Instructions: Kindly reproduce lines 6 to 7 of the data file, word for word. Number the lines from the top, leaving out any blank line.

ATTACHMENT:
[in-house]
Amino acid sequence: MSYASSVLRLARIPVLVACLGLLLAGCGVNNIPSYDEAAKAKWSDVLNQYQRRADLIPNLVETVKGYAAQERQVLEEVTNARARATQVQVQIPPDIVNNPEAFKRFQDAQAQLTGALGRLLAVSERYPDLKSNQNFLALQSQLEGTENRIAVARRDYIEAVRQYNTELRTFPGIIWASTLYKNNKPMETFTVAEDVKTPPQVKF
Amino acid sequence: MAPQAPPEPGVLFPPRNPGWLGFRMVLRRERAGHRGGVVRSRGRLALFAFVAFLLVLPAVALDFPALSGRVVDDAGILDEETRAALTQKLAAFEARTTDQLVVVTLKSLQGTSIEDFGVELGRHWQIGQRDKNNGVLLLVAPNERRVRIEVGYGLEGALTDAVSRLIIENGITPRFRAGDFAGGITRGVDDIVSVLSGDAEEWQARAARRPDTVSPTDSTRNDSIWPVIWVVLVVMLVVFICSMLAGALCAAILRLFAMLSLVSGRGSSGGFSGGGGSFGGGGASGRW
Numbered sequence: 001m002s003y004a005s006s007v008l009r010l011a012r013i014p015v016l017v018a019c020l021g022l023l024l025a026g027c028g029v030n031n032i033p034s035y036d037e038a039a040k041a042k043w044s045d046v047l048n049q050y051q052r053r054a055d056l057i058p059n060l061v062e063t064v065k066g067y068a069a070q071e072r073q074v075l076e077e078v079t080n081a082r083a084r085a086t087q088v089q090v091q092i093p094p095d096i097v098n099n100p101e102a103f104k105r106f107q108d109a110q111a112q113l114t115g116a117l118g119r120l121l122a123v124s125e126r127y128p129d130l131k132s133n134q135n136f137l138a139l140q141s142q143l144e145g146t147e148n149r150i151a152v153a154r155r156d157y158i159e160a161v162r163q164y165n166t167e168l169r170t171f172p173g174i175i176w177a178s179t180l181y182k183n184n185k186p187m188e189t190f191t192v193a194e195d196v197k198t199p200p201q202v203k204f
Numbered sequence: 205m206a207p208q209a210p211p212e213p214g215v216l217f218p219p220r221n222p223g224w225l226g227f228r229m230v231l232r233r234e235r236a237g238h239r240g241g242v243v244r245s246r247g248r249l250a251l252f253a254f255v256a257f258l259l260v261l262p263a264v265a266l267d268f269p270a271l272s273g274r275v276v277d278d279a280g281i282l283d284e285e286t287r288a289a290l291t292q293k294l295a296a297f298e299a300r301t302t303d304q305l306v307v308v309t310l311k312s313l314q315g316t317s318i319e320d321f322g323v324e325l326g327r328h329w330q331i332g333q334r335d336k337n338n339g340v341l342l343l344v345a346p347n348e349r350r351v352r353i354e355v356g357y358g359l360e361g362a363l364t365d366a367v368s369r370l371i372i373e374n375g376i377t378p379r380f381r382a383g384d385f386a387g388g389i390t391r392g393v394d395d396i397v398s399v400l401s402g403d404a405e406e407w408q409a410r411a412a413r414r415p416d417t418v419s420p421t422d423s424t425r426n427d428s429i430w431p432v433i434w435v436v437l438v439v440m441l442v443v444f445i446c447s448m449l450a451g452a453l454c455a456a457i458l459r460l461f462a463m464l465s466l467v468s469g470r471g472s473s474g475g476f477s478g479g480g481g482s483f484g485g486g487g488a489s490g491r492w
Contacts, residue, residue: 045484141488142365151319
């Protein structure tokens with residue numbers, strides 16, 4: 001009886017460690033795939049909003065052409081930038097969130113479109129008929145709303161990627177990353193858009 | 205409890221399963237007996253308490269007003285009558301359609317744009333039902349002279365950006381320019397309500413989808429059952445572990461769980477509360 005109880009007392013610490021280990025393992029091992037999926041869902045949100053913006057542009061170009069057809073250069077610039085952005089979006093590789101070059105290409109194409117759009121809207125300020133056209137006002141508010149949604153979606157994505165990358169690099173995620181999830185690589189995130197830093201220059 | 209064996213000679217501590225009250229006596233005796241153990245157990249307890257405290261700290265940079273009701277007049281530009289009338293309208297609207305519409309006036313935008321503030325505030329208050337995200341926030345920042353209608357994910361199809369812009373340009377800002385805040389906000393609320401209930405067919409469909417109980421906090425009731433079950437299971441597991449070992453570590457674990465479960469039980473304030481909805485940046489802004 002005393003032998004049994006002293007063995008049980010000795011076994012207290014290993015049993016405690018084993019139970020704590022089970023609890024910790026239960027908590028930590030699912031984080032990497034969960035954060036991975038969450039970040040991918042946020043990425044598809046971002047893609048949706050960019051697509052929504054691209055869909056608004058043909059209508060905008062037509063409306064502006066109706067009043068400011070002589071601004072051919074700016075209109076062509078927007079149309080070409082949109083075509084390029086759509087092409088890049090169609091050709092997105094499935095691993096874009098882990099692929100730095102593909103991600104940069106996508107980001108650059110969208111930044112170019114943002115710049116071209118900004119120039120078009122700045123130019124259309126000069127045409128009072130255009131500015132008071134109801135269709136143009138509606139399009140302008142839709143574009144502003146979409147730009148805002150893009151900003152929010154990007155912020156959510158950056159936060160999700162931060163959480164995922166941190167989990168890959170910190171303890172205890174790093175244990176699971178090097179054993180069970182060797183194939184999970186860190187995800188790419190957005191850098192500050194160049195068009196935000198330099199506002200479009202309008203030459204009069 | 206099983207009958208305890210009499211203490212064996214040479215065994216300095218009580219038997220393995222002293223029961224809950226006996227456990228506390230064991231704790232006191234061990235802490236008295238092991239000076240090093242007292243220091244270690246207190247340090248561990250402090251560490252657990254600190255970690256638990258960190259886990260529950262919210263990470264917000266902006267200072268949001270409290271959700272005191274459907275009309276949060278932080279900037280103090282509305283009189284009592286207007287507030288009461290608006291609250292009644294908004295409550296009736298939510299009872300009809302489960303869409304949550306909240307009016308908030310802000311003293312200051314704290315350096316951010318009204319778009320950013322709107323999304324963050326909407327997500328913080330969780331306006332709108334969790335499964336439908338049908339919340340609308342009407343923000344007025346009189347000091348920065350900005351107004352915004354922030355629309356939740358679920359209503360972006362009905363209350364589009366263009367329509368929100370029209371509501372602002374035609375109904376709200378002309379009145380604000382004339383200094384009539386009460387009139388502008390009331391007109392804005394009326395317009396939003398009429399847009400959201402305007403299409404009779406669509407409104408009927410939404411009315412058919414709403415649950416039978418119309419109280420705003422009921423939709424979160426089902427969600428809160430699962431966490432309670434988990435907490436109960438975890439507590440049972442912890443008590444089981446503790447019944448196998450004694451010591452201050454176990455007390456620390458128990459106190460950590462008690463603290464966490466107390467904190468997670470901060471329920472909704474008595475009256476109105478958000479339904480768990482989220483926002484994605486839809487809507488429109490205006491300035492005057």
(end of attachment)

Contacts, residue, residue: 045484141488142365151319
């Protein structure tokens with residue numbers, strides 16, 4: 001009886017460690033795939049909003065052409081930038097969130113479109129008929145709303161990627177990353193858009 | 205409890221399963237007996253308490269007003285009558301359609317744009333039902349002279365950006381320019397309500413989808429059952445572990461769980477509360 005109880009007392013610490021280990025393992029091992037999926041869902045949100053913006057542009061170009069057809073250069077610039085952005089979006093590789101070059105290409109194409117759009121809207125300020133056209137006002141508010149949604153979606157994505165990358169690099173995620181999830185690589189995130197830093201220059 | 209064996213000679217501590225009250229006596233005796241153990245157990249307890257405290261700290265940079273009701277007049281530009289009338293309208297609207305519409309006036313935008321503030325505030329208050337995200341926030345920042353209608357994910361199809369812009373340009377800002385805040389906000393609320401209930405067919409469909417109980421906090425009731433079950437299971441597991449070992453570590457674990465479960469039980473304030481909805485940046489802004 002005393003032998004049994006002293007063995008049980010000795011076994012207290014290993015049993016405690018084993019139970020704590022089970023609890024910790026239960027908590028930590030699912031984080032990497034969960035954060036991975038969450039970040040991918042946020043990425044598809046971002047893609048949706050960019051697509052929504054691209055869909056608004058043909059209508060905008062037509063409306064502006066109706067009043068400011070002589071601004072051919074700016075209109076062509078927007079149309080070409082949109083075509084390029086759509087092409088890049090169609091050709092997105094499935095691993096874009098882990099692929100730095102593909103991600104940069106996508107980001108650059110969208111930044112170019114943002115710049116071209118900004119120039120078009122700045123130019124259309126000069127045409128009072130255009131500015132008071134109801135269709136143009138509606139399009140302008142839709143574009144502003146979409147730009148805002150893009151900003152929010154990007155912020156959510158950056159936060160999700162931060163959480164995922166941190167989990168890959170910190171303890172205890174790093175244990176699971178090097179054993180069970182060797183194939184999970186860190187995800188790419190957005191850098192500050194160049195068009196935000198330099199506002200479009202309008203030459204009069 | 206099983207009958208305890210009499211203490212064996214040479215065994216300095218009580219038997220393995222002293223029961224809950226006996227456990228506390230064991231704790232006191234061990235802490236008295238092991239000076240090093242007292243220091244270690246207190247340090248561990250402090251560490252657990254600190255970690256638990258960190259886990260529950262919210263990470264917000266902006267200072268949001270409290271959700272005191274459907275009309276949060278932080279900037280103090282509305283009189284009592286207007287507030288009461290608006291609250292009644294908004295409550296009736298939510299009872300009809302489960303869409304949550306909240307009016308908030310802000311003293312200051314704290315350096316951010318009204319778009320950013322709107323999304324963050326909407327997500328913080330969780331306006332709108334969790335499964336439908338049908339919340340609308342009407343923000344007025346009189347000091348920065350900005351107004352915004354922030355629309356939740358679920359209503360972006362009905363209350364589009366263009367329509368929100370029209371509501372602002374035609375109904376709200378002309379009145380604000382004339383200094384009539386009460387009139388502008390009331391007109392804005394009326395317009396939003398009429399847009400959201402305007403299409404009779406669509407409104408009927410939404411009315412058919414709403415649950416039978418119309419109280420705003422009921423939709424979160426089902427969600428809160430699962431966490432309670434988990435907490436109960438975890439507590440049972442912890443008590444089981446503790447019944448196998450004694451010591452201050454176990455007390456620390458128990459106190460950590462008690463603290464966490466107390467904190468997670470901060471329920472909704474008595475009256476109105478958000479339904480768990482989220483926002484994605486839809487809507488429109490205006491300035492005057």